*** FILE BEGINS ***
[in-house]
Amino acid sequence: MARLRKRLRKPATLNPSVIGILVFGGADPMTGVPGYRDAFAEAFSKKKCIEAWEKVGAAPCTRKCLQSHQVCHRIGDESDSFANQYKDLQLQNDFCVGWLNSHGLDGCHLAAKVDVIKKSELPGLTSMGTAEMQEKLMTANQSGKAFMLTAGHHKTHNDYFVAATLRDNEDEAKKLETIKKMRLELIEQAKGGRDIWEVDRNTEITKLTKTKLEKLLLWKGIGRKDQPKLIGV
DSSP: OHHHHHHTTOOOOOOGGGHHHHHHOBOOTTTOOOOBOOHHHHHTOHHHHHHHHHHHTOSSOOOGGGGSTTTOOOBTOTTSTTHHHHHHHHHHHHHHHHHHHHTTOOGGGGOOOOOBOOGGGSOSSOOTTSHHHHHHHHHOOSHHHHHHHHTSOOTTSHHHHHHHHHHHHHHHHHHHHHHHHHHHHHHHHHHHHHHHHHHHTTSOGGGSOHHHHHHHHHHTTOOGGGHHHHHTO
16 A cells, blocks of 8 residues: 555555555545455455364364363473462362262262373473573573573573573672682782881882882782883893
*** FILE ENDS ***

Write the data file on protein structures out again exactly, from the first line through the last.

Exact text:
[in-house]
Amino acid sequence: MARLRKRLRKPATLNPSVIGILVFGGADPMTGVPGYRDAFAEAFSKKKCIEAWEKVGAAPCTRKCLQSHQVCHRIGDESDSFANQYKDLQLQNDFCVGWLNSHGLDGCHLAAKVDVIKKSELPGLTSMGTAEMQEKLMTANQSGKAFMLTAGHHKTHNDYFVAATLRDNEDEAKKLETIKKMRLELIEQAKGGRDIWEVDRNTEITKLTKTKLEKLLLWKGIGRKDQPKLIGV
DSSP: OHHHHHHTTOOOOOOGGGHHHHHHOBOOTTTOOOOBOOHHHHHTOHHHHHHHHHHHTOSSOOOGGGGSTTTOOOBTOTTSTTHHHHHHHHHHHHHHHHHHHHTTOOGGGGOOOOOBOOGGGSOSSOOTTSHHHHHHHHHOOSHHHHHHHHTSOOTTSHHHHHHHHHHHHHHHHHHHHHHHHHHHHHHHHHHHHHHHHHHHTTSOGGGSOHHHHHHHHHHTTOOGGGHHHHHTO
16 A cells, blocks of 8 residues: 555555555545455455364364363473462362262262373473573573573573573672682782881882882782883893